I never told a victim story about my imprisonment. Instead, I told a transformation story - about how prison changed my outlook, about how I saw that communication, truth, and trust are at the heart of power.
Three hundred years ago a prisoner condemned to the Tower of London carved on the wall of his cell this sentiment to keep up his spirits during his long imprisonment: “It is not adversity that kills, but the impatience with which we bear adversity.”
There is no peace because the making of peace is at least as costly as the making of war - at least as exigent, at least as disruptive, at least as liable to bring disgrace and prison and death in its wake.
Overlook our deeds, since you know that crime was absent from our inclination.
No man survives when freedom fails. The best men rot in filthy jails, and those who cry 'appease, appease' are hanged by those they tried to please.
We judge ourselves by what we feel capable of doing, while others judge us by what we have already done.
When you are younger you get blamed for crimes you never committed and when you're older you begin to get credit for virtues you never possessed. It evens itself out.
Whatever you think of de Sade, he was a complex figure and we should not look for easy answers with him. He was, strangely perhaps, against the death penalty, and he was never put in prison for murders or anything like that.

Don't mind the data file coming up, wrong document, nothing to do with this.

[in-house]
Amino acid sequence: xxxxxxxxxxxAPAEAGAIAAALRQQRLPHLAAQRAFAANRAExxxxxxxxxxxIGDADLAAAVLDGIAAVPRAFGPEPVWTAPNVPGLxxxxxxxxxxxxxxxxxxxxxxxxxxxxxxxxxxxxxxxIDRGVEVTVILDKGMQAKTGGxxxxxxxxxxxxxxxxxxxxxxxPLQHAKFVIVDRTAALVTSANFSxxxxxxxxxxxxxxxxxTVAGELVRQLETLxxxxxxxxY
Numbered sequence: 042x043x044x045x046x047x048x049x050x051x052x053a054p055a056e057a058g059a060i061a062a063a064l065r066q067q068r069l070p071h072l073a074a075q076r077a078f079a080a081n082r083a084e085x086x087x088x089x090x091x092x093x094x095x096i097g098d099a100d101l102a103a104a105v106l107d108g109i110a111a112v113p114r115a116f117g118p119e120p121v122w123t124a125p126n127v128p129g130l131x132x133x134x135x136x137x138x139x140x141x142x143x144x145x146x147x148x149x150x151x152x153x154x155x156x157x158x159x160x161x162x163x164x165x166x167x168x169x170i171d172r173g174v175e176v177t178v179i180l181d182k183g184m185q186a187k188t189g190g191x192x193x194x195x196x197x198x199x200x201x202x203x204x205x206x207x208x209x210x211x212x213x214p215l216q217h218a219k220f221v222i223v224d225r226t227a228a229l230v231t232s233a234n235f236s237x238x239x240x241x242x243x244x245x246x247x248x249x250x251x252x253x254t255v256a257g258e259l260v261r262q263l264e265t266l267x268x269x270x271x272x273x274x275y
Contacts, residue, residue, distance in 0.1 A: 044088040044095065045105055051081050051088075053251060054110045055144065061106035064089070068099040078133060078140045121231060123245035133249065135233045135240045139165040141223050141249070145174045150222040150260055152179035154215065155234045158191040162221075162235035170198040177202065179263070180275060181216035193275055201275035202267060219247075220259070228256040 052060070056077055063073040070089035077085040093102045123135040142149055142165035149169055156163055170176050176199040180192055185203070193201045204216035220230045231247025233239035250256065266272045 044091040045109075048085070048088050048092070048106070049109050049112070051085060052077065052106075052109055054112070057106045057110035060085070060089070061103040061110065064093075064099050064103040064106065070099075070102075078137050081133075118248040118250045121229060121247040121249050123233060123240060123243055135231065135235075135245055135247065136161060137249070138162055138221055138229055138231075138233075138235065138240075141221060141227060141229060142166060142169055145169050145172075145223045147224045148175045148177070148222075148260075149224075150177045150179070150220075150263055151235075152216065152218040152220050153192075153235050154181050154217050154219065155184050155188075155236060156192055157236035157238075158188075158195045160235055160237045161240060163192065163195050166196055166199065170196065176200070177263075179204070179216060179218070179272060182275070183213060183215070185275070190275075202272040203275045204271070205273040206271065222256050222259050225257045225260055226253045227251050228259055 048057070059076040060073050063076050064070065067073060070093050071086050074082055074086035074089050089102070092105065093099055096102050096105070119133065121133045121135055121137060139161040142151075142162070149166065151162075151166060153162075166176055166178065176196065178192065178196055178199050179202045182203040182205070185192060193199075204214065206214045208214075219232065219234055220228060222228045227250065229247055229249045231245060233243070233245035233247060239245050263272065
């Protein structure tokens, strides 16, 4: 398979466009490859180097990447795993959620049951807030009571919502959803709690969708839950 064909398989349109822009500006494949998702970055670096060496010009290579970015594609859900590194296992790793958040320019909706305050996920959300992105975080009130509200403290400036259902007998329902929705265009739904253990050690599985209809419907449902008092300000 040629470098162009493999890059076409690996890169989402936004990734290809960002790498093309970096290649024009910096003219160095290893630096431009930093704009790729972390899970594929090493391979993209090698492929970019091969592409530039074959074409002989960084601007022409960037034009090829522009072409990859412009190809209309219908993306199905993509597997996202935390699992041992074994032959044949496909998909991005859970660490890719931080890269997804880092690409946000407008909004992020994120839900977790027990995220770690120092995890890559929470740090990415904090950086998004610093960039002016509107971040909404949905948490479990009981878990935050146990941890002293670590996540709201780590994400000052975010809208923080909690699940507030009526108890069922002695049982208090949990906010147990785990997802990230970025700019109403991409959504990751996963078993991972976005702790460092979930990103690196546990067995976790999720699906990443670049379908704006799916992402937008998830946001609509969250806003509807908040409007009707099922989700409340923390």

I just remember that disturbing feeling of walking into that prison, the complete loss of privacy, the complete loss of stimulation, dignity.
I have been studying how I may compare This prison where I live unto the world; And, for because the world is populous, And here is not a creature but myself, I cannot do it. Yet I'll hammer it out.
It was only when I lay there on the rotting prison straw that I sensed within myself the first stirrings of good. Gradually it was disclosed to me that the line separating good and evil passes not between states nor between social classes nor between political parties, but right through every human heart, through all human hearts. And that is why I turn back to the years of my imprisonment and say, sometimes to the astonishment of those about me, bless you, prison, for having been a part of my life.
A just chastisement may benefit a man, though it seldom does; but an unjust one changes all his blood to gall.
The reformative effect of punishment is a belief that dies hard, chiefly I think, because it is so satisfying to our sadistic impulses.
By noiselessly going to a prison a civil-resister ensures a calm atmosphere.
Federal prison, if you get any of it, you're going to have to do 85% of it. And the reason why I called it that is because I had a friend who got sent to the federal joint and his whole... it wasn't about him being in jail. He cried about the 85%.